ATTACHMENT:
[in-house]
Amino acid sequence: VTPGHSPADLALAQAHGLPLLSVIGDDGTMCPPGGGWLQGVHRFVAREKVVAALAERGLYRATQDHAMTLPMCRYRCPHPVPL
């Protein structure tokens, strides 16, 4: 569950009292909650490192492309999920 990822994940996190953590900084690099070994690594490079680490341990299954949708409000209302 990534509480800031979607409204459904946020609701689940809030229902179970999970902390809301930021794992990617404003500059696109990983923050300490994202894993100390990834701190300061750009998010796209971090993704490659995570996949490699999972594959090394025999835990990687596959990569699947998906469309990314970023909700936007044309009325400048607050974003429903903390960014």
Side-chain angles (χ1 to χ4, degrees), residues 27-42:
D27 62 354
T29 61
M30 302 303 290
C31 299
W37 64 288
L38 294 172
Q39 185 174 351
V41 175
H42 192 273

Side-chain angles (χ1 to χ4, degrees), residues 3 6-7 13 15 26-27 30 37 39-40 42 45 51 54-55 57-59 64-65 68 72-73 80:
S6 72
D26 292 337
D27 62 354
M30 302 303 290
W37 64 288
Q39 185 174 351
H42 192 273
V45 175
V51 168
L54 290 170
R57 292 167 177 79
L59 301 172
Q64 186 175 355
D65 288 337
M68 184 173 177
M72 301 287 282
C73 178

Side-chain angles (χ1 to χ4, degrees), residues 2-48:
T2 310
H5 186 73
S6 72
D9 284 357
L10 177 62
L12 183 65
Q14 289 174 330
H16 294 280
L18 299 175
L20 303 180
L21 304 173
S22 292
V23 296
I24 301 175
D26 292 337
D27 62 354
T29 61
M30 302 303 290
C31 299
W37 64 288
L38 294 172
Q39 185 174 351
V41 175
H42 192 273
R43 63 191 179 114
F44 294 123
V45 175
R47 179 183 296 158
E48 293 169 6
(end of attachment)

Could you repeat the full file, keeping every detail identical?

[in-house]
Amino acid sequence: VTPGHSPADLALAQAHGLPLLSVIGDDGTMCPPGGGWLQGVHRFVAREKVVAALAERGLYRATQDHAMTLPMCRYRCPHPVPL
């Protein structure tokens, strides 16, 4: 569950009292909650490192492309999920 990822994940996190953590900084690099070994690594490079680490341990299954949708409000209302 990534509480800031979607409204459904946020609701689940809030229902179970999970902390809301930021794992990617404003500059696109990983923050300490994202894993100390990834701190300061750009998010796209971090993704490659995570996949490699999972594959090394025999835990990687596959990569699947998906469309990314970023909700936007044309009325400048607050974003429903903390960014």
Side-chain angles (χ1 to χ4, degrees), residues 27-42:
D27 62 354
T29 61
M30 302 303 290
C31 299
W37 64 288
L38 294 172
Q39 185 174 351
V41 175
H42 192 273

Side-chain angles (χ1 to χ4, degrees), residues 3 6-7 13 15 26-27 30 37 39-40 42 45 51 54-55 57-59 64-65 68 72-73 80:
S6 72
D26 292 337
D27 62 354
M30 302 303 290
W37 64 288
Q39 185 174 351
H42 192 273
V45 175
V51 168
L54 290 170
R57 292 167 177 79
L59 301 172
Q64 186 175 355
D65 288 337
M68 184 173 177
M72 301 287 282
C73 178

Side-chain angles (χ1 to χ4, degrees), residues 2-48:
T2 310
H5 186 73
S6 72
D9 284 357
L10 177 62
L12 183 65
Q14 289 174 330
H16 294 280
L18 299 175
L20 303 180
L21 304 173
S22 292
V23 296
I24 301 175
D26 292 337
D27 62 354
T29 61
M30 302 303 290
C31 299
W37 64 288
L38 294 172
Q39 185 174 351
V41 175
H42 192 273
R43 63 191 179 114
F44 294 123
V45 175
R47 179 183 296 158
E48 293 169 6